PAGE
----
The Original Definition of “Harass” Is Most Apt

1. Harassment. We all know the word. Or, I hope we all know the word — just as I hope we all have a general sense of its meaning, something along the lines of Merriam-Webster’s definition of the verb “harass,” “to create an unpleasant or hostile situation…especially by uninvited and unwelcome verbal or physical conduct.” But this common conception is in fact the second, newer interpretation of the word; it’s original definition is both more and less specific and altogether appropriate in today’s context.

Briefly used in the 1610s as “to lay waste,” mainstream usage of “harass” shifted in the 1620s, veering toward “to vex by repeated attacks,” a definition derived from the 16th century French verb harasser, or “to tire out.” Though the specific origin of the French harasser remains hazy, the Online Etymology Dictionary suggests it comes from a mélange of harer, an Old French term for “to provoke or set a dog on,” and the equally Old French harier, as in “to draw [out] or drag [on].” In this light, “harassment” is tenacious and corrosive, pernicious and erosive. Defined by MW as “exhaust or fatigue,” harassment in this light is by definition perpetual and ongoing, a fact to which many women can attest.

Though the term “sexual harassment” didn’t arise until the early 1970s, the pairing of those two words couldn’t be more fitting. Women since time immemorial have been cat called and harangued, pinched and poked, raped and molested, and generally treated like objects by predatory men.* They have been tormented by repeated, caustic incidents like those we’re reading about on the daily. Thankfully, we’re seeing a backlash against such virulent behavior. All the repetitive and successive intrusions meant to erode women’s wherewithal have prepared them for this watershed moment we’re experiencing today. Now it’s time for men like Harvey Weinstein, Al Franken, Roy Moore, Donald Trump, Louis C.K., Mark Halperin, Charlie Rose et al. to be vexed themselves.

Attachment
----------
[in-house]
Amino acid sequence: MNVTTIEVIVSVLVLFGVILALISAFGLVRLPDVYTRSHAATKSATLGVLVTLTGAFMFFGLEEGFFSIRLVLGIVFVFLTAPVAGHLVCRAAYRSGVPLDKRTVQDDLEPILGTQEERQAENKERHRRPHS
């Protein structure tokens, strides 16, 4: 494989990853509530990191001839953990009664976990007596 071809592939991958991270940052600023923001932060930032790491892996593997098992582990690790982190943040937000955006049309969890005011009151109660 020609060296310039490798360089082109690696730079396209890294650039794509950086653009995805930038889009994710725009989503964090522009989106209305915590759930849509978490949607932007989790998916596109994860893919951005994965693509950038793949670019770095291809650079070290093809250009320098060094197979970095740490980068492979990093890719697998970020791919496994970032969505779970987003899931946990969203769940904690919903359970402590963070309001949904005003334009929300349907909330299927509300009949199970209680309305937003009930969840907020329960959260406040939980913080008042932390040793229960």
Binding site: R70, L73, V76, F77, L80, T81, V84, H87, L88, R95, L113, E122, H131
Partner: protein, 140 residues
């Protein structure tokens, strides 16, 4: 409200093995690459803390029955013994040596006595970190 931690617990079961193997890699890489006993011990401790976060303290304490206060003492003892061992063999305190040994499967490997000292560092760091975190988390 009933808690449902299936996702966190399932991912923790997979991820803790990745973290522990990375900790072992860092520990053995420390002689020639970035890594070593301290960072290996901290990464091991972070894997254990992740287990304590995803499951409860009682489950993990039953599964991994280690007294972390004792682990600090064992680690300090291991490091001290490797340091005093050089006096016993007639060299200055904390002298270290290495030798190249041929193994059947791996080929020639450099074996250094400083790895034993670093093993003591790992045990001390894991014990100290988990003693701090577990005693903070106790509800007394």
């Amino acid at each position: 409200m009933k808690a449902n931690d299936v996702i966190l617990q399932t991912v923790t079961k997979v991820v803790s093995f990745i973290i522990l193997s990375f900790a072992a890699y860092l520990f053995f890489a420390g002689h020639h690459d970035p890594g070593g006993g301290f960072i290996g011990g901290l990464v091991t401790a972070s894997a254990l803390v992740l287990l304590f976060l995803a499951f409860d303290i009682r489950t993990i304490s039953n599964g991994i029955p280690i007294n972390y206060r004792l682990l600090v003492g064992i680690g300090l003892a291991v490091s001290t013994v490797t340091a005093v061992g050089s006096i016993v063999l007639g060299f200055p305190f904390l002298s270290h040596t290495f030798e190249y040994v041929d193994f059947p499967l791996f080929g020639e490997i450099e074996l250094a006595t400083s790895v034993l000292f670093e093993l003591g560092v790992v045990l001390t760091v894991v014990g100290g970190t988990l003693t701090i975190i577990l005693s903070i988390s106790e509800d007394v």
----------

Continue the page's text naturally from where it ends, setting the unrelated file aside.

(*I know it’s not only women who face harassment — Terry Crews and Tony Goldwyn have come forward with their own stories of being manhandled and verbally harassed, and half-a-dozen men have already accused Kevin Spacey of harassing and/or assaulting them — but women are harassed more often and openly than men.)

(For more Fun with Words, click HERE.)

Collusion Is Not Innocuous

As a follow-up to last week’s etymological dissection of “meddling,” and inspired by all the real news about Russian meddling in the 2016 election, I decided this week to take a closer look at another word frequently used in these stories, “collusion,” as in this Newsweek headline from this morning: “Evidence of Trump-Russia Collusion Already Exists, Watergate Prosecutors Say.” Here’s what I found…

Used in its current form since the 14th century, the Old French “collusion” originates from the Latin collusionem, which comes from the verb colludere, an amalgamation of the prefix “com,” as in “with” or “together,” and ludere, which means “to play” and is the same root for ludicrous. Married into one term, “com” and “ludere” mean, loosely, “coming together to play.”

It almost seems innocuous, and even jocular. We of course know otherwise. As legendary English lexicographer Henry Watson Fowler noted, “The notion of fraud or underhandedness is essential to collusion.”

For more Fun with Words, click HERE.

“Symbolaton,” a Failed Neologism